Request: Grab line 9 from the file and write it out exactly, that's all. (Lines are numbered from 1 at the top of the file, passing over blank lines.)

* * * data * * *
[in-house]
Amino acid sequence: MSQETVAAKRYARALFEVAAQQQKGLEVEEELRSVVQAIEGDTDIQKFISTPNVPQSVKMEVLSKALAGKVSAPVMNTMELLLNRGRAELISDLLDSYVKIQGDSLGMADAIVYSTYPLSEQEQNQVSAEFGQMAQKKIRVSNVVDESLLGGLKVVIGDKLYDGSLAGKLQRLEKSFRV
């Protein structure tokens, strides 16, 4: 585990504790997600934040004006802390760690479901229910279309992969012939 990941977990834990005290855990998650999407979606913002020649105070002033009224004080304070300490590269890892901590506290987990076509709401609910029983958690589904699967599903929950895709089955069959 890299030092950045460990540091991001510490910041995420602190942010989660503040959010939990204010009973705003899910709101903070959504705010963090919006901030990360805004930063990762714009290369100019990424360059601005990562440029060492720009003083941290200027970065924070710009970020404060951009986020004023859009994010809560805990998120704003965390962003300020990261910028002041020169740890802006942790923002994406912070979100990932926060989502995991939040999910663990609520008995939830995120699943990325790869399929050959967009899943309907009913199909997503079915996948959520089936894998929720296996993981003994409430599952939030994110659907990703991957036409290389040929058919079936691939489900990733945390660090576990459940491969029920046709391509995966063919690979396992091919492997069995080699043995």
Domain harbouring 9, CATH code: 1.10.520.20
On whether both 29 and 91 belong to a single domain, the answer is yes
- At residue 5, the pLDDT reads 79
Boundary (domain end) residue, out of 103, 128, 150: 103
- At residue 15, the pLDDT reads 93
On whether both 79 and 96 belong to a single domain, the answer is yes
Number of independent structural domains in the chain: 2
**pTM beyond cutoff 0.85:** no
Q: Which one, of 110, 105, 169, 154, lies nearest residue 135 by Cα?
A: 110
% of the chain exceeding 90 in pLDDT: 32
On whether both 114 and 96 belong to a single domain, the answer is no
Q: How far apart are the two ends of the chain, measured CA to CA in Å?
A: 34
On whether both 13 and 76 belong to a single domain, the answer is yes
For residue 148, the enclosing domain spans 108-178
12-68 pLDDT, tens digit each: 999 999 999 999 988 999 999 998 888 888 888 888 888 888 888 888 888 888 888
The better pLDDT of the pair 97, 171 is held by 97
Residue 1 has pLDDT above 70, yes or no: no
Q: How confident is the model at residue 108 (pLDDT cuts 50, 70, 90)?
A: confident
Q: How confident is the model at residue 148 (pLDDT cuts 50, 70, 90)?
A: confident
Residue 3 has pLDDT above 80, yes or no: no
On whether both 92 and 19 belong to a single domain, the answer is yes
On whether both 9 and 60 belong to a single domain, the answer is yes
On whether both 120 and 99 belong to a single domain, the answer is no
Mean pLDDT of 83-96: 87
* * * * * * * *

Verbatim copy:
On whether both 79 and 96 belong to a single domain, the answer is yes